Both Breaking Bad and Better Call Saul feature a supporting character that is widely despised by the fan base. In Breaking Bad’s case, it was Walt’s embattled wife Skyler, and in Better Call Saul’s case, it’s Jimmy’s brother Chuck.

But where Skyler reacted like any normal person would when her husband revealed his history of manufacturing drugs and killing people, Chuck actually warrants the hate. He’s a terrible brother to Jimmy, and flashbacks show that he always has been, and despite that, Jimmy still takes care of him, and he doesn’t appreciate any of it.

The Flash-Forwards Add New Dimensions To The Narrative

Gene looking scared in Better Call Saul

While Better Call Saul is primarily a prequel to Breaking Bad, it also acts as a sequel with the future-set black-and-white scenes following Jimmy’s life under the guise of Gene Takovic managing a Cinnabon in Omaha, Nebraska.

These sequences with Gene, which usually arrive at the beginning of each season, have added new dimensions to the narrative and given audiences more mysteries to mull over.

It’s A Unique Spin On A Well-Worn TV Genre

Jimmy McGill played by Bob Odenkirk in Better Call Saul

Unlike Breaking Bad’s groundbreaking study of change, a TV drama about lawyers is nothing new. In fact, the law procedural is one of the most familiar and well-worn genres in the television landscape and has been for decades.

But Better Call Saul has put a fresh spin on this well-worn genre. Jimmy McGill isn’t like other TV lawyers. He bends the rules and will do anything to avoid actually going to court.

The Cinematography Is Breathtaking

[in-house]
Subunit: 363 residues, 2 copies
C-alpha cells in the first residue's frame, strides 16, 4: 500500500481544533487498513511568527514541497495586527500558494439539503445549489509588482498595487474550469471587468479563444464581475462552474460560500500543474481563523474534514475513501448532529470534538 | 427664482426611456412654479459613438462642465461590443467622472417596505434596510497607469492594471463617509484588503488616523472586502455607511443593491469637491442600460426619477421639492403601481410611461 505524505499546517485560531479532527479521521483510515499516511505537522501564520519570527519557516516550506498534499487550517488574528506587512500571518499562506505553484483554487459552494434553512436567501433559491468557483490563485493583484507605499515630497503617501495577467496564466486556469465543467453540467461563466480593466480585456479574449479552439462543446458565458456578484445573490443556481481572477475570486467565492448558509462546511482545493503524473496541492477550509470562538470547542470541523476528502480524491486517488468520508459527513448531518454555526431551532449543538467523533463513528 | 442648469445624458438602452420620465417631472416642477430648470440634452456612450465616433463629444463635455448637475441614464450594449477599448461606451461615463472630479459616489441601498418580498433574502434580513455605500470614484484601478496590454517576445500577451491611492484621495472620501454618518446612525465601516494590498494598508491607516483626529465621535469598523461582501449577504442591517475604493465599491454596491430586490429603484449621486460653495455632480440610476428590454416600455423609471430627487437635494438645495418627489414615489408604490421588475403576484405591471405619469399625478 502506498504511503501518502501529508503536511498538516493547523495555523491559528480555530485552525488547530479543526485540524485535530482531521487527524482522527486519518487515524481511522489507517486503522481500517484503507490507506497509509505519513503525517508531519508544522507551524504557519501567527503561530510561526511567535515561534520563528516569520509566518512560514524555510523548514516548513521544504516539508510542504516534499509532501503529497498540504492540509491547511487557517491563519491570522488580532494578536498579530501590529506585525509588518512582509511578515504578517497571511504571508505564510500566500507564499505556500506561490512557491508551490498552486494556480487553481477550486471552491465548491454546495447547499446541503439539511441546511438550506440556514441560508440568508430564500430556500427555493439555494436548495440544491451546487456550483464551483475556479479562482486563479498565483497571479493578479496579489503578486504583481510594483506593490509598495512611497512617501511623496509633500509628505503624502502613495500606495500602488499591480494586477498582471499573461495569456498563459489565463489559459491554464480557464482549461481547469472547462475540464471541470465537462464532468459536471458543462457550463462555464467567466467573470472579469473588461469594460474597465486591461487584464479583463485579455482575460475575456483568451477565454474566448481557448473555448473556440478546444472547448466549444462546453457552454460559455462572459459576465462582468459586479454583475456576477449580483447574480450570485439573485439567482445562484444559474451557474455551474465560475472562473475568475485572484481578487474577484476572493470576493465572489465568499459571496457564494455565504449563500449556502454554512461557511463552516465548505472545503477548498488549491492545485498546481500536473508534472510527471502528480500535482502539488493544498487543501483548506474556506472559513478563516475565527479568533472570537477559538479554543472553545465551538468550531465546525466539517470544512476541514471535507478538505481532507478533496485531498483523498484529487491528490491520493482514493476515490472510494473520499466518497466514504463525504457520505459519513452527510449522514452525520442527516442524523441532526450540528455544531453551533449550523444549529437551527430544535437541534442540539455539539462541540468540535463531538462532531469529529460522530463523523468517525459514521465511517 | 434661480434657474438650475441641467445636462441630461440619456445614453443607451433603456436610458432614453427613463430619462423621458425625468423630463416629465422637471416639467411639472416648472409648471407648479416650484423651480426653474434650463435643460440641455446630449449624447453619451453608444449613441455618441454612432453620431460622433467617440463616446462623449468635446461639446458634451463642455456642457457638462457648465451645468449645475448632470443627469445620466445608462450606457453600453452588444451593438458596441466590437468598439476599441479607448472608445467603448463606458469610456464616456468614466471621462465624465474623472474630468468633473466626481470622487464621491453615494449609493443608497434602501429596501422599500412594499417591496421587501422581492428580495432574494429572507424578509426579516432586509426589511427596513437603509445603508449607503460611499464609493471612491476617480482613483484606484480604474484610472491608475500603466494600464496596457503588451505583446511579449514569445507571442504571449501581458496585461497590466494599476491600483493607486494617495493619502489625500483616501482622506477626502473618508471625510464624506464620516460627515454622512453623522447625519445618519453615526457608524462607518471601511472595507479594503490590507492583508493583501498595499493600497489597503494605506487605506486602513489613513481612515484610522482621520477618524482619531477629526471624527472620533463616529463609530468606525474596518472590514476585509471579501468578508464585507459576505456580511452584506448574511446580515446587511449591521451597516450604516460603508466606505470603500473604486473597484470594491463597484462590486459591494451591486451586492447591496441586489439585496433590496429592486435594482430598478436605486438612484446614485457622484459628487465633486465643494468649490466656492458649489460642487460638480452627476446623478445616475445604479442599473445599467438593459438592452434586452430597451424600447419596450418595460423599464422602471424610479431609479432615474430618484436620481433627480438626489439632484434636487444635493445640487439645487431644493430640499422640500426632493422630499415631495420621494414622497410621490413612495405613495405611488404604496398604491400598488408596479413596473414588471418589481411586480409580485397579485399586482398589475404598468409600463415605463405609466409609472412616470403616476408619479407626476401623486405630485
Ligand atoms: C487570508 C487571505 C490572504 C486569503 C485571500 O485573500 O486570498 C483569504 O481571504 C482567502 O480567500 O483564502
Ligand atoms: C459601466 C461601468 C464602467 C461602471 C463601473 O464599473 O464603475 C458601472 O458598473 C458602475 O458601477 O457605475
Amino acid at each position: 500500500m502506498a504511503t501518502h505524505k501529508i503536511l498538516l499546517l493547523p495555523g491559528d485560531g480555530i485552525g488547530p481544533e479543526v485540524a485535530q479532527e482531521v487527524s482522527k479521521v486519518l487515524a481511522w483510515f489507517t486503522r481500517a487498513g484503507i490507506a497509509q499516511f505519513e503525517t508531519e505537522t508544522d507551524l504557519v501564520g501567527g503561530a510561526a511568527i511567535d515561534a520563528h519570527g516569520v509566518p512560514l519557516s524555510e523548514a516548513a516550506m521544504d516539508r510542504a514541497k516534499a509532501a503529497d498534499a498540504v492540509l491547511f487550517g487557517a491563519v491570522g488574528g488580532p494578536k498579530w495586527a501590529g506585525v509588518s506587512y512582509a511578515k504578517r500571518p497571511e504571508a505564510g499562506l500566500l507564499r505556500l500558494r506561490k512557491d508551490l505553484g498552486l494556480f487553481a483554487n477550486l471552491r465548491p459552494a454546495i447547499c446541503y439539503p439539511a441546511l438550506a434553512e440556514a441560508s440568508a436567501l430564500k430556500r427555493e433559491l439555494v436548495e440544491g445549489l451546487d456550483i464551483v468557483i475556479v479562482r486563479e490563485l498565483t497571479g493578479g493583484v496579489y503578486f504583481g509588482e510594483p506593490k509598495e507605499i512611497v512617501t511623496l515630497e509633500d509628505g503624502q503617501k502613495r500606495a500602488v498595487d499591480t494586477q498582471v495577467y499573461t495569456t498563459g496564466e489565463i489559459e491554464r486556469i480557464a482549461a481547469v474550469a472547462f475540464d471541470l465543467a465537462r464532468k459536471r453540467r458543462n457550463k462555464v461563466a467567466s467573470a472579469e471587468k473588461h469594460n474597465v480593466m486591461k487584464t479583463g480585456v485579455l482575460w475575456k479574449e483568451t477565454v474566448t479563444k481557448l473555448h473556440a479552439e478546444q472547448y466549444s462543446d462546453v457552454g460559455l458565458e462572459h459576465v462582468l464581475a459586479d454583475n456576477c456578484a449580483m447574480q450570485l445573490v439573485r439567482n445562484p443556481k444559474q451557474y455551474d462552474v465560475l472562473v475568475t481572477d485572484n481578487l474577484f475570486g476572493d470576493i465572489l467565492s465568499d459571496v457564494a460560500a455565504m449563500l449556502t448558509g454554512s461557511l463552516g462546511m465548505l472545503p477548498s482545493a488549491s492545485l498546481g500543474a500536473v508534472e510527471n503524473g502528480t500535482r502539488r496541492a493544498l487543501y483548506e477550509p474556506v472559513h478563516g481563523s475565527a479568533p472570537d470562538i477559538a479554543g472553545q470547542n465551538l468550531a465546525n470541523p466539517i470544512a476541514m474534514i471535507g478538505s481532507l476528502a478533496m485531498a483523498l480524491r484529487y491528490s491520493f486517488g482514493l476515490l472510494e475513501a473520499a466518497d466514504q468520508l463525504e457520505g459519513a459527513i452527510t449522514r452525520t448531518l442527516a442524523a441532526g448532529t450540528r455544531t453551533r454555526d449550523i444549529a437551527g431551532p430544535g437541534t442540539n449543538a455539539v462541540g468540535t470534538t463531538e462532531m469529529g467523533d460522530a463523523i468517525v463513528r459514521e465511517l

Saul and Mike in the desert

There were plenty of interesting shots in Breaking Bad, like placing a camera inside a refrigerator or capturing the beauty of the New Mexico wilderness with gorgeous landscape photography.

But the cinematography in Better Call Saul is even sharper. Cinematographers like Marshall Adams and Arthur Albert have given the series a more distinctive aesthetic than most modern movies.

Kim Wexler Is Arguably The Most Compelling Character In The Whole Breaking Bad Universe

Kim Wexler in Better Call Saul

Although Jimmy McGill is the focus of Better Call Saul, the series has a secondary protagonist who’s so compelling that she frequently steals the spotlight. Fellow attorney Kim Wexler is a little more on the moral side than Jimmy, but she’s also not perfect.

From her intimate conversations with Jimmy to her intense confrontation with Lalo Salamanca, Rhea Seehorn has given an impeccable performance as Kim throughout Better Call Saul’s five seasons. The fact that her awards shelf remains Emmy-less is a travesty.

Jimmy’s Transformation Is Subtler Than Walt’s

Jimmy becomes Saul in Better Call Saul

Walt’s fabled transformation from Mr. Chips into Scarface had plenty of pathos, but it was telegraphed by moments like gruesomely taking his first life or driving through a gaggle of drug dealers.

In Better Call Saul, Jimmy’s transformation is much subtler, signified by moments like humming “Smoke on the Water” to show Marco’s influence on his rebelliousness in the season 1 finale.